This blog is part of a series on LGBT Catholics who have held on to their faith, despite being publicly rejected from the church. For more stories, click here.
This is Sam's public history with the Catholic Church. This is what happened to his faith.
A decade ago, people in my life thought I was destined to be a priest. A descendant of Portuguese and Italian immigrants, Catholicism has always loomed large in my family. Despite this background, I was 14 years old before being baptized into the church. But following that event, I was on fire to be the best Catholic I could be.
It wasn't long before my fellow parishioners noticed and started having the "seminary talk" with me. I went on to attend Saint Joseph's College, a small Catholic college in northwest Indiana. There, I quickly became known as the student liturgist and a general chapel rat. After graduation, I returned to my home parish of Saint Elizabeth Seton, where I quickly assumed duties of lay leadership as a parish council member and co-founder of a ministry for young adult parishioners.
It is in spite of this background that I now find myself outside of officially-recognized Catholic ministry. See, I am a gay man -- and happily and proudly so. And this did not sit well with some of my fellow parishioners.
My instruction in the Catholic faith had always taught me that I had a vocation to carry out, a particular calling from the Holy Spirit planted at the moment of my baptism. After 11 years of prayer and careful discernment, I experienced a moment of clarity in 2013. My primary vocation in this life is a simple one: to be a living witness to a gay life lived in Jesus Christ -- and to carry that witness to the church and to the LGBT community.
By August 2014, I found myself sitting in the office of my longtime pastor, given little choice but to resign my duties in the parish. Leaving his office that warm, sunny afternoon, I crossed the church commons and emerged through the front doors onto the entrance plaza. I am glad I did not run into anyone I knew, being that I was clearly shaken and on the brink of tears.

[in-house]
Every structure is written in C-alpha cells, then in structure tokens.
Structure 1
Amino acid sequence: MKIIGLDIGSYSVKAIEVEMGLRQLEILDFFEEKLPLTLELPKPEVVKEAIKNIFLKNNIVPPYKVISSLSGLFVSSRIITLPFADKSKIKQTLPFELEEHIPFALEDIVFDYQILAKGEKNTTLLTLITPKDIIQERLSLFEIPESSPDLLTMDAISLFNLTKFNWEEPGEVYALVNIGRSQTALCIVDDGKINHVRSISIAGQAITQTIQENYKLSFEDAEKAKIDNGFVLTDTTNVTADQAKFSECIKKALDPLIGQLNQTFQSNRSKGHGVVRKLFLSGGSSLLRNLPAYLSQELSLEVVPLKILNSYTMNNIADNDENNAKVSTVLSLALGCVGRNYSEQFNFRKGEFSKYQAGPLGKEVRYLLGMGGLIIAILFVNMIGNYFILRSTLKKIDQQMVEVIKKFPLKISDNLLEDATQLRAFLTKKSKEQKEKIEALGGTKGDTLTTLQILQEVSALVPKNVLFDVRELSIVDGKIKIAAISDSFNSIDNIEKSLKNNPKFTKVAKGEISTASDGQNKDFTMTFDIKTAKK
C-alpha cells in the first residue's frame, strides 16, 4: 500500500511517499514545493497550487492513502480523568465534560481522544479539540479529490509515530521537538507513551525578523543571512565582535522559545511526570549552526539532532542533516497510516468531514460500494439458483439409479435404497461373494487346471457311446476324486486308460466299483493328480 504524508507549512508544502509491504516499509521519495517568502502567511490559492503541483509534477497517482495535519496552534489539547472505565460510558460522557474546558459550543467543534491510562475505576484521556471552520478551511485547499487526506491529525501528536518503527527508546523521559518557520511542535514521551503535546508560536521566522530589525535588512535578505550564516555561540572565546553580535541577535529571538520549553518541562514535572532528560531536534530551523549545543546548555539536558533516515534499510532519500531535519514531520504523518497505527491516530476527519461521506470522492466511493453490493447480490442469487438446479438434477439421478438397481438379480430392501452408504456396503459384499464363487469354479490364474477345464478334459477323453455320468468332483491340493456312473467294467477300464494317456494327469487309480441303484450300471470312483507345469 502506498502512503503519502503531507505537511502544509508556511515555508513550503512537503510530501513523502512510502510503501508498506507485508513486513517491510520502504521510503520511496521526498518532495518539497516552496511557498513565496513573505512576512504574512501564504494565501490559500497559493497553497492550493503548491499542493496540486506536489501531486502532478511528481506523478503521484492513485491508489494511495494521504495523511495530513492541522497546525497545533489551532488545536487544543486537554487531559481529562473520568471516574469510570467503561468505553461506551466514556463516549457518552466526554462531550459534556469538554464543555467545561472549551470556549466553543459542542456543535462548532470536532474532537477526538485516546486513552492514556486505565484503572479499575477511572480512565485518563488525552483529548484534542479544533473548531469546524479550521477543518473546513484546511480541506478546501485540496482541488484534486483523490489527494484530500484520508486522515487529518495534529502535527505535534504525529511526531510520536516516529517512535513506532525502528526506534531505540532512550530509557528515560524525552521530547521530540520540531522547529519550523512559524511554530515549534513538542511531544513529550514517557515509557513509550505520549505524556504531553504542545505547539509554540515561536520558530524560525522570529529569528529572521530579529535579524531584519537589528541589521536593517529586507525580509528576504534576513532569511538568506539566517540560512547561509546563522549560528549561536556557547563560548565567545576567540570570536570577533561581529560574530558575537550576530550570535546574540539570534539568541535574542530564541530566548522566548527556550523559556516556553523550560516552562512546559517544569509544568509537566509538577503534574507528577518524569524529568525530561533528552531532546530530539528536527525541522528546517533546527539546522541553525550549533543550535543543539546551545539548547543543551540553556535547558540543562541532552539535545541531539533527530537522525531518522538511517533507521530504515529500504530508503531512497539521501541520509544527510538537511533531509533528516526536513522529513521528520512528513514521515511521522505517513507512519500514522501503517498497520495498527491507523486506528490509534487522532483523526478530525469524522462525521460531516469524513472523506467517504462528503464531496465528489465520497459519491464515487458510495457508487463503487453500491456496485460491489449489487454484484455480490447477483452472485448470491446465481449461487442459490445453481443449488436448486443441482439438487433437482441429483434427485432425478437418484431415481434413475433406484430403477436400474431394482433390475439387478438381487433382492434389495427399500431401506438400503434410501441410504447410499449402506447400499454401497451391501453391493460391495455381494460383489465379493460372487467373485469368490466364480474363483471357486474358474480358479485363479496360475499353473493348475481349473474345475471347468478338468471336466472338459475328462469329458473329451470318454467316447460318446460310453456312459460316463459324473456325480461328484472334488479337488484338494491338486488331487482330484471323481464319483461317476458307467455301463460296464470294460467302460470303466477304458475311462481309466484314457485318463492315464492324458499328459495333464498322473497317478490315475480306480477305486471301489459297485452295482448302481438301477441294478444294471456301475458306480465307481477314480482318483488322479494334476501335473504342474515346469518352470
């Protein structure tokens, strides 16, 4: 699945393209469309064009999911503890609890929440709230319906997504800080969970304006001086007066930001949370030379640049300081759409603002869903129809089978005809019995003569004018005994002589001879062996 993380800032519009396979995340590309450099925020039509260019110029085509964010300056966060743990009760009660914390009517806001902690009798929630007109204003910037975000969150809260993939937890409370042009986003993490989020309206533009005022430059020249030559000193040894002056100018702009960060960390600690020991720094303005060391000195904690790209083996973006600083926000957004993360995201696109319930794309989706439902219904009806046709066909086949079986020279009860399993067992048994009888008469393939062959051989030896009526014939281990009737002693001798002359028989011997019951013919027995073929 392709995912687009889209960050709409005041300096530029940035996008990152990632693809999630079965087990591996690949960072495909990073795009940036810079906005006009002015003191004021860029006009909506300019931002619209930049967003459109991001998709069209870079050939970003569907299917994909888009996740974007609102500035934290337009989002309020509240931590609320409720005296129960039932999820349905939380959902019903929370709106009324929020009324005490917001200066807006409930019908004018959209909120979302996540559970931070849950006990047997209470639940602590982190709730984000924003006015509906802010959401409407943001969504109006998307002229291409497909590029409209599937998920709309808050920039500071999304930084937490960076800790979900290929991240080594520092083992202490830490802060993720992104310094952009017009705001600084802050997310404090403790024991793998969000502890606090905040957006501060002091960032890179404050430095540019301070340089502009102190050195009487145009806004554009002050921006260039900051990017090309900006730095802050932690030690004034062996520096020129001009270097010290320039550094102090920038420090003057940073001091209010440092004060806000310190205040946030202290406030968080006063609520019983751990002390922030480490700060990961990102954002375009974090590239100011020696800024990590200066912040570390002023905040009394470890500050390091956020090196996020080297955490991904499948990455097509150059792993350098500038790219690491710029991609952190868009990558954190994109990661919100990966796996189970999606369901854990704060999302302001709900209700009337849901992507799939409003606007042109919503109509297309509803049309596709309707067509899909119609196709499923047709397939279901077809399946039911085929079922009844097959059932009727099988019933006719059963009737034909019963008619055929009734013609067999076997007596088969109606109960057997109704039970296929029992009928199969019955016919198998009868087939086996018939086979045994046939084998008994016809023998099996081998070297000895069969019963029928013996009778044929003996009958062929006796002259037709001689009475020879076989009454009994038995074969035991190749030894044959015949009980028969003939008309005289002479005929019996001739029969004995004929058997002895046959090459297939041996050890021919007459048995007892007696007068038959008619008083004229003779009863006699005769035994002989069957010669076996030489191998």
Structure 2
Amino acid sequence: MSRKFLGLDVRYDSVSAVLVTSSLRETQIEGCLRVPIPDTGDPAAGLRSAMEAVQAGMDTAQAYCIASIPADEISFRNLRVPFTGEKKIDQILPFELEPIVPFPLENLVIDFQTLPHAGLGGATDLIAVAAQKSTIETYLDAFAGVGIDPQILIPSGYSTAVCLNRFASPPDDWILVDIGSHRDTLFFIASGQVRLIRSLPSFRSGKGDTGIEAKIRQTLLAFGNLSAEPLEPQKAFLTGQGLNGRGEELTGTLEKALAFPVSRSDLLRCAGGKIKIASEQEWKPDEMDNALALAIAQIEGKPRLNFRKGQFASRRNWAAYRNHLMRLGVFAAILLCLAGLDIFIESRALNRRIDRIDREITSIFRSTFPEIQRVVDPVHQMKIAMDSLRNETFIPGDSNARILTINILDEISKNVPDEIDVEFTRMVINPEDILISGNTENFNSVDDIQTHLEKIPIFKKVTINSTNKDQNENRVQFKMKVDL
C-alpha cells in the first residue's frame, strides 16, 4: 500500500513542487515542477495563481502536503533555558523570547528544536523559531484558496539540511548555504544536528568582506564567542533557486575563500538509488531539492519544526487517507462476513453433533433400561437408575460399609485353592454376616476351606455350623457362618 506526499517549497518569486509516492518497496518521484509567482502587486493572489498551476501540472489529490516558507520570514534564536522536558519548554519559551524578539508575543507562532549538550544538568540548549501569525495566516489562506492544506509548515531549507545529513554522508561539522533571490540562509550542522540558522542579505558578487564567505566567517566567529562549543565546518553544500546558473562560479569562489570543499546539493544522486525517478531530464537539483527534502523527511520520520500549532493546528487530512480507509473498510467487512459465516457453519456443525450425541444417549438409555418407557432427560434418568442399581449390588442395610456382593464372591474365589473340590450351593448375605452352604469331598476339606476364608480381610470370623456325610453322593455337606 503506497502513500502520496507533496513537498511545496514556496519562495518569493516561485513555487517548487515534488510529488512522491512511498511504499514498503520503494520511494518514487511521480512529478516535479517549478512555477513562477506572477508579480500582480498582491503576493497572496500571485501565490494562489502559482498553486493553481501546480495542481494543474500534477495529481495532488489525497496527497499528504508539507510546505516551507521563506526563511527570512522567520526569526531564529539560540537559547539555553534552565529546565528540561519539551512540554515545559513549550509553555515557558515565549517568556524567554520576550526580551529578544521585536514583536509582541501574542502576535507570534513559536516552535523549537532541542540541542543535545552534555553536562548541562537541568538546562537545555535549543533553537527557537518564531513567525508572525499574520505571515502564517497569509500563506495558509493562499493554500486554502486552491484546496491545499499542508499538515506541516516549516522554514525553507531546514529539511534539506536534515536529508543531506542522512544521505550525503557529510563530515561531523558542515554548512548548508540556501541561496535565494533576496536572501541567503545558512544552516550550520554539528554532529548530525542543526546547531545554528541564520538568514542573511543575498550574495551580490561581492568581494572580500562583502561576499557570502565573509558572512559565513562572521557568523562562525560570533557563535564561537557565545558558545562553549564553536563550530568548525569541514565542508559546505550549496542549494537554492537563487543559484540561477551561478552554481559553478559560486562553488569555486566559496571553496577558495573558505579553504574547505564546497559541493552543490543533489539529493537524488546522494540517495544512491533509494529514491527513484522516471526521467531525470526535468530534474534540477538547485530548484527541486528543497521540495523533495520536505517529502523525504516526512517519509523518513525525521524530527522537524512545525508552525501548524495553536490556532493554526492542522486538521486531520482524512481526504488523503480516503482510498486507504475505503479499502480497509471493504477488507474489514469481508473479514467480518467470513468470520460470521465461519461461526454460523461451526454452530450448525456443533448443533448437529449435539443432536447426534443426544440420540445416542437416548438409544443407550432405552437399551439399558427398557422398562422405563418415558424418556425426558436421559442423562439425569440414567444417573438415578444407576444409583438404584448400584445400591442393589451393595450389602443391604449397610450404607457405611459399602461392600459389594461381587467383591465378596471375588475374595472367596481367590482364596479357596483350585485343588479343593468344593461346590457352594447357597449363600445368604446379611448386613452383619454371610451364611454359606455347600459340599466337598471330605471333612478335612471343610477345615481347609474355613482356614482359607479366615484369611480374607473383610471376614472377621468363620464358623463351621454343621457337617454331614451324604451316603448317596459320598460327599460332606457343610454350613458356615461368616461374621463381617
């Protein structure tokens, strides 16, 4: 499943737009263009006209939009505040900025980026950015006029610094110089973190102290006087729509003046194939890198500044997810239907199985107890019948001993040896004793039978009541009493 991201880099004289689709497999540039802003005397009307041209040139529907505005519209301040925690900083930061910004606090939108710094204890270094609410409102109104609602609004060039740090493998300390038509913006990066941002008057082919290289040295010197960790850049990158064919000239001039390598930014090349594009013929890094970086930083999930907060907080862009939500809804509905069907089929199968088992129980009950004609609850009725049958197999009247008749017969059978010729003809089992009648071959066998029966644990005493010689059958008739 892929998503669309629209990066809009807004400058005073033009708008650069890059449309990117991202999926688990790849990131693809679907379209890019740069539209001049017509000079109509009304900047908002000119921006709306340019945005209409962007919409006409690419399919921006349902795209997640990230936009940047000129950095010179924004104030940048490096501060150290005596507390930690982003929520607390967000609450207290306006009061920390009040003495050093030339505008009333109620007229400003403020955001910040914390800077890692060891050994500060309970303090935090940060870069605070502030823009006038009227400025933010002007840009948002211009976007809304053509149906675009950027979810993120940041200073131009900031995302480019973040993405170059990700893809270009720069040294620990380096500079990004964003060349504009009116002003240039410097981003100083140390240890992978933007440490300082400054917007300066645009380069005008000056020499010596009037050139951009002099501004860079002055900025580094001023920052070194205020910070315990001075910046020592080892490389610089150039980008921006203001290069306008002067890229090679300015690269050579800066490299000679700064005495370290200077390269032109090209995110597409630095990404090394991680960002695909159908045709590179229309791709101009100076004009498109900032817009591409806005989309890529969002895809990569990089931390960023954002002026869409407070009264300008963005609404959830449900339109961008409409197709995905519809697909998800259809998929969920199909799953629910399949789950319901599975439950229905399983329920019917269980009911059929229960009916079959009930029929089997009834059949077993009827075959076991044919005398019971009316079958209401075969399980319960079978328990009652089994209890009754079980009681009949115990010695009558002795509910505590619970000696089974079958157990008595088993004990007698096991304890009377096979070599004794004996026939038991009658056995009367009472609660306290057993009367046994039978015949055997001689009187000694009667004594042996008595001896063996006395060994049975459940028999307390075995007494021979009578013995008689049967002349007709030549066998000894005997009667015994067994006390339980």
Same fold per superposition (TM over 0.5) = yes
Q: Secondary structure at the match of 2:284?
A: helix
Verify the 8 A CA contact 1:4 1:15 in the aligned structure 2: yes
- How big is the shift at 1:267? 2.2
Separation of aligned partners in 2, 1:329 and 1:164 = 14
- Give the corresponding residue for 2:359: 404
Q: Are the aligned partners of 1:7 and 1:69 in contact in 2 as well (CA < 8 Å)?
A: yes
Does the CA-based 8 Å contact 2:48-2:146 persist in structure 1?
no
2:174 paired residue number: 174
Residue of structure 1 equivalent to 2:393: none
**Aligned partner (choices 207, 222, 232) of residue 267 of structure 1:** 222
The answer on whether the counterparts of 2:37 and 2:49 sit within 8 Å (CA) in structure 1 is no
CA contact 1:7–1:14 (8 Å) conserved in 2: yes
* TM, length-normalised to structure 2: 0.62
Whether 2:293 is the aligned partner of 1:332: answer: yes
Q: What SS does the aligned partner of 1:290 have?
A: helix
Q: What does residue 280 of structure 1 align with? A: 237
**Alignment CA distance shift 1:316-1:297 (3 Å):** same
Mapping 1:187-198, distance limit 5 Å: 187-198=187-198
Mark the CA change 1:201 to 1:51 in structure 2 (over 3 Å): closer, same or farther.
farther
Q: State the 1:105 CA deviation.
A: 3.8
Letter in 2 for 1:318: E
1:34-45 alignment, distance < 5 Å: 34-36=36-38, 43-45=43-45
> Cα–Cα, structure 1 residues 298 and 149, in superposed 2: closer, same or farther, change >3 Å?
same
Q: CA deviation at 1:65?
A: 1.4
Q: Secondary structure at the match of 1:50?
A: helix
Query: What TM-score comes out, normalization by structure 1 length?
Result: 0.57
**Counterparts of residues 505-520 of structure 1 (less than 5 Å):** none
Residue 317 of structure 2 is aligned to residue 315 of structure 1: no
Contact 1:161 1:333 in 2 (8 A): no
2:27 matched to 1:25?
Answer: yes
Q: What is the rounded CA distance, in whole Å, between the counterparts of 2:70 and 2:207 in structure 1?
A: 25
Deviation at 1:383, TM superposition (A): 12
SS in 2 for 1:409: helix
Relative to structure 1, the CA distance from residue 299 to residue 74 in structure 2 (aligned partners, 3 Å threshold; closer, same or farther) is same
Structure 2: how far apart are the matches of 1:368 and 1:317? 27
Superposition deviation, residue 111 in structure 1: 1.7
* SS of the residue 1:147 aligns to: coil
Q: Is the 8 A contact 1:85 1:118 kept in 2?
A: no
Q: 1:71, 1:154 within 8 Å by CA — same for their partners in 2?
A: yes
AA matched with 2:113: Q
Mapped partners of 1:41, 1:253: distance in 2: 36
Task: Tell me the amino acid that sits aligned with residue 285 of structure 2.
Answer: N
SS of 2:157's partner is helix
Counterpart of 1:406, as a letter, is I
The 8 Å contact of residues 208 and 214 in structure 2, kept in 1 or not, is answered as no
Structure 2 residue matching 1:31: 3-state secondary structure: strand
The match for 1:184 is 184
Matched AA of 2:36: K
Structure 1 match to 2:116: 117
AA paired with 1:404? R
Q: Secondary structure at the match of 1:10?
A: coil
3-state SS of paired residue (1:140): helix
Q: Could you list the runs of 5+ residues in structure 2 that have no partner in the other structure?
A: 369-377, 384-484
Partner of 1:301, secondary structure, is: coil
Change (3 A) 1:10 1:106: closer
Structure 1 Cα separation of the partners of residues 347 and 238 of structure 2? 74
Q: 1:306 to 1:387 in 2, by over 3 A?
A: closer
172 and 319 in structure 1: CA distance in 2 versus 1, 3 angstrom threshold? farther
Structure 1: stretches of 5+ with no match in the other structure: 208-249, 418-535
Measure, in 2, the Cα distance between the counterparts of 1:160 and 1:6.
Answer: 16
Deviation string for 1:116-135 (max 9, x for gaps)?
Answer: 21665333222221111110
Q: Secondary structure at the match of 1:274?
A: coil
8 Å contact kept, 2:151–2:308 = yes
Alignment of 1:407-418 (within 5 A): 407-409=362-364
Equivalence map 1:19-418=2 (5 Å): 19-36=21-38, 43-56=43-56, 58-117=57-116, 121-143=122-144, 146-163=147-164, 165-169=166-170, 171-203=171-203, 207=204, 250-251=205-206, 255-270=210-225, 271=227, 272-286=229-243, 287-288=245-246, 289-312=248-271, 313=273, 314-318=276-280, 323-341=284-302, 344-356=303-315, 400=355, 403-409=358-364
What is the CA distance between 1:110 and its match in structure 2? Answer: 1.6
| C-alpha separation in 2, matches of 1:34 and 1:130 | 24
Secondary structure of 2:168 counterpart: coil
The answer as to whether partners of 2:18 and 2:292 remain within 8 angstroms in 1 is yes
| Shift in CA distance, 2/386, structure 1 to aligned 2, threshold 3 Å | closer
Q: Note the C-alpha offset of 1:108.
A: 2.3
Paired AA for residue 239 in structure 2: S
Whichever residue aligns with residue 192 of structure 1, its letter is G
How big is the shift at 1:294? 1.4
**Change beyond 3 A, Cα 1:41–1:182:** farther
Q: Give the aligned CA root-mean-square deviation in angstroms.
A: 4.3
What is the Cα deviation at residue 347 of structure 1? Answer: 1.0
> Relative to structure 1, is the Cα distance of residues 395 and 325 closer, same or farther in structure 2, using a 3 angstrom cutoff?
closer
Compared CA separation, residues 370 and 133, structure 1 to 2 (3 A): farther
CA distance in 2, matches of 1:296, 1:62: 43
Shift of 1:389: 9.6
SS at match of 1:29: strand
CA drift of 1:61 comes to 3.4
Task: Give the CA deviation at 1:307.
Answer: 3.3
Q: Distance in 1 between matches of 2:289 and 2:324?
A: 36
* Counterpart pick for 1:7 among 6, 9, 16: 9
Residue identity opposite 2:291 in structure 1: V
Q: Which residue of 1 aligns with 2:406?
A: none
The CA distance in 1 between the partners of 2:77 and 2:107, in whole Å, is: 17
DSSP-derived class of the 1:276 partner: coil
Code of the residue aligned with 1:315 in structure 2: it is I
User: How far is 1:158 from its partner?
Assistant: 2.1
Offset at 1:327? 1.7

Pausing briefly on the church plaza, I said a silent prayer: "Jesus, I don't know what's happening right now or what you're doing. But I do know that you're with me, and I trust in you." For my ability to offer this prayer, I credit only God's grace.
Days later, I did what I have done for many years now. Late one evening, I stopped in at Saint Elizabeth and entered the Blessed Sacrament chapel. As I had done so many times before, I threw my arms around the tabernacle before being seated in quiet prayer with Jesus. I can say very honestly that I never experienced any anger toward God. Jesus Christ has always remained a faithful friend to me. If I could no longer serve my local parish, at least I had gone down trying to live my faith.
We Christians have always dared to hope that God can and will bring forth new life from even the most desperate and painful happenings. Catholics hang crucifixes in our churches and homes because we believe that the cross is a sign of victory and the Precious Blood of Jesus ultimately offers life and Resurrection to the whole world. Whatever injustice I faced at the hands of church leaders, I had an early awareness that God was prepared to use this experience in a powerful and life-giving way.
Over the past year, I have been blessed with more opportunities than I could have imagined to share my own faith with fellow Catholics and fellow members of the LGBT community. I have been gifted with the opportunity to create some dialogue and maybe even build a few bridges. In fact, I am freer than I have ever been to carry out the work of my vocation. And yes, on Sunday you will still find me in my regular pew at Saint Elizabeth. I will not pretend this is always easy, but I am grateful to provide at least a small LGBT presence and voice in that space.
More than a few people have lined up to counsel me that I should abandon hope the Catholic Church will ever change. To that, I would reply simply that our church is already changing. Large majorities of lay Catholics in our country oppose discrimination and support the inclusion of LGBT Catholics in our church. Many priests have quietly accepted their LGBT parishioners for decades. But most importantly, we LGBT Catholics have changed the church with our devotion and love. Despite the challenges, we are present in its pews each Sunday because we love God, we love our church, and we too are striving to know and follow Jesus.
Experiences like mine are a reminder that we have not yet realized Resurrection in its fullness. But we have much reason to believe that God is bringing forth new life for LGBT Catholics. I can only give thanks that I have been blessed to be one small shoot in this new life springing up in our church.